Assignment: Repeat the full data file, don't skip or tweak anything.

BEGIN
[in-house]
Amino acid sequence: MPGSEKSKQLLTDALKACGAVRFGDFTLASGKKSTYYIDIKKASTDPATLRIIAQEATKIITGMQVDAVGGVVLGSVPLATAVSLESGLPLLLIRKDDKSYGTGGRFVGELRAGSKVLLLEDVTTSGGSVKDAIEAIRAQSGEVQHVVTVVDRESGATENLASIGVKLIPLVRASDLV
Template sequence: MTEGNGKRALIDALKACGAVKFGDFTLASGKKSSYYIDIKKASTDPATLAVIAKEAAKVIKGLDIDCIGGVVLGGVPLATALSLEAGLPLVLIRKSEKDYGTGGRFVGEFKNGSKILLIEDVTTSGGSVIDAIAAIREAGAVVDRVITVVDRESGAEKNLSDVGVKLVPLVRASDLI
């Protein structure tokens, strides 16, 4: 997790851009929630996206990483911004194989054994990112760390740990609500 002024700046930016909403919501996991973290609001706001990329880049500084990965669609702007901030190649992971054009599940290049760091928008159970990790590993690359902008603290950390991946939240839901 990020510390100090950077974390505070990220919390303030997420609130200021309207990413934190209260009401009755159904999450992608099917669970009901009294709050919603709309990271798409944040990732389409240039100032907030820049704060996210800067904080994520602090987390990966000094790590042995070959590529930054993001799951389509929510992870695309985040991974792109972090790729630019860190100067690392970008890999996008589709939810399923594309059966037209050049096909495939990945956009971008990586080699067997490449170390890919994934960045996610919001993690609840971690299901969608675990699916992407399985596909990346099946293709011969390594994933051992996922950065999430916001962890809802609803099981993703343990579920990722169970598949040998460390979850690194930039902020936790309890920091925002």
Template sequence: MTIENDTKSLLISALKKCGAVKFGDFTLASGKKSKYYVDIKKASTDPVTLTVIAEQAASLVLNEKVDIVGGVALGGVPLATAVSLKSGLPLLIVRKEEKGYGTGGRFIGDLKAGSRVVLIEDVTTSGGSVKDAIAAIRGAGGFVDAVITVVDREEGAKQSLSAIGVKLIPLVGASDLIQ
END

[in-house]
Amino acid sequence: MPGSEKSKQLLTDALKACGAVRFGDFTLASGKKSTYYIDIKKASTDPATLRIIAQEATKIITGMQVDAVGGVVLGSVPLATAVSLESGLPLLLIRKDDKSYGTGGRFVGELRAGSKVLLLEDVTTSGGSVKDAIEAIRAQSGEVQHVVTVVDRESGATENLASIGVKLIPLVRASDLV
Template sequence: MTEGNGKRALIDALKACGAVKFGDFTLASGKKSSYYIDIKKASTDPATLAVIAKEAAKVIKGLDIDCIGGVVLGGVPLATALSLEAGLPLVLIRKSEKDYGTGGRFVGEFKNGSKILLIEDVTTSGGSVIDAIAAIREAGAVVDRVITVVDRESGAEKNLSDVGVKLVPLVRASDLI
């Protein structure tokens, strides 16, 4: 997790851009929630996206990483911004194989054994990112760390740990609500 002024700046930016909403919501996991973290609001706001990329880049500084990965669609702007901030190649992971054009599940290049760091928008159970990790590993690359902008603290950390991946939240839901 990020510390100090950077974390505070990220919390303030997420609130200021309207990413934190209260009401009755159904999450992608099917669970009901009294709050919603709309990271798409944040990732389409240039100032907030820049704060996210800067904080994520602090987390990966000094790590042995070959590529930054993001799951389509929510992870695309985040991974792109972090790729630019860190100067690392970008890999996008589709939810399923594309059966037209050049096909495939990945956009971008990586080699067997490449170390890919994934960045996610919001993690609840971690299901969608675990699916992407399985596909990346099946293709011969390594994933051992996922950065999430916001962890809802609803099981993703343990579920990722169970598949040998460390979850690194930039902020936790309890920091925002």
Template sequence: MTIENDTKSLLISALKKCGAVKFGDFTLASGKKSKYYVDIKKASTDPVTLTVIAEQAASLVLNEKVDIVGGVALGGVPLATAVSLKSGLPLLIVRKEEKGYGTGGRFIGDLKAGSRVVLIEDVTTSGGSVKDAIAAIRGAGGFVDAVITVVDREEGAKQSLSAIGVKLIPLVGASDLIQ